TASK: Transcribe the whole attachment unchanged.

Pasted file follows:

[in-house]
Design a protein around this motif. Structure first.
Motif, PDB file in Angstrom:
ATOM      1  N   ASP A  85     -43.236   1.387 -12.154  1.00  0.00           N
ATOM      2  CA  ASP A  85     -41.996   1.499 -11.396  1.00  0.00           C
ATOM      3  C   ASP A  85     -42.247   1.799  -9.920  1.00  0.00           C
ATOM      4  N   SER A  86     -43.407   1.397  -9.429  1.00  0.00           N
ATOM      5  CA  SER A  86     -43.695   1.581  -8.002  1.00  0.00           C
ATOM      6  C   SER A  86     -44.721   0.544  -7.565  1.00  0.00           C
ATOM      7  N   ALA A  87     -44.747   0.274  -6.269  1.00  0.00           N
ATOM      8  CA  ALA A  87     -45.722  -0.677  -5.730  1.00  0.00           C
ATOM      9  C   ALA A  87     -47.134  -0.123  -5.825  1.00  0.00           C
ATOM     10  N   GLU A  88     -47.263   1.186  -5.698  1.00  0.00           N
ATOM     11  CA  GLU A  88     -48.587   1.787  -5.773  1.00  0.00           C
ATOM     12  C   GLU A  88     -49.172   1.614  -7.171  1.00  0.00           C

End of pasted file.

[in-house]
Design a protein around this motif. Structure first.
Motif, PDB file in Angstrom:
ATOM      1  N   ASP A  85     -43.236   1.387 -12.154  1.00  0.00           N
ATOM      2  CA  ASP A  85     -41.996   1.499 -11.396  1.00  0.00           C
ATOM      3  C   ASP A  85     -42.247   1.799  -9.920  1.00  0.00           C
ATOM      4  N   SER A  86     -43.407   1.397  -9.429  1.00  0.00           N
ATOM      5  CA  SER A  86     -43.695   1.581  -8.002  1.00  0.00           C
ATOM      6  C   SER A  86     -44.721   0.544  -7.565  1.00  0.00           C
ATOM      7  N   ALA A  87     -44.747   0.274  -6.269  1.00  0.00           N
ATOM      8  CA  ALA A  87     -45.722  -0.677  -5.730  1.00  0.00           C
ATOM      9  C   ALA A  87     -47.134  -0.123  -5.825  1.00  0.00           C
ATOM     10  N   GLU A  88     -47.263   1.186  -5.698  1.00  0.00           N
ATOM     11  CA  GLU A  88     -48.587   1.787  -5.773  1.00  0.00           C
ATOM     12  C   GLU A  88     -49.172   1.614  -7.171  1.00  0.00           C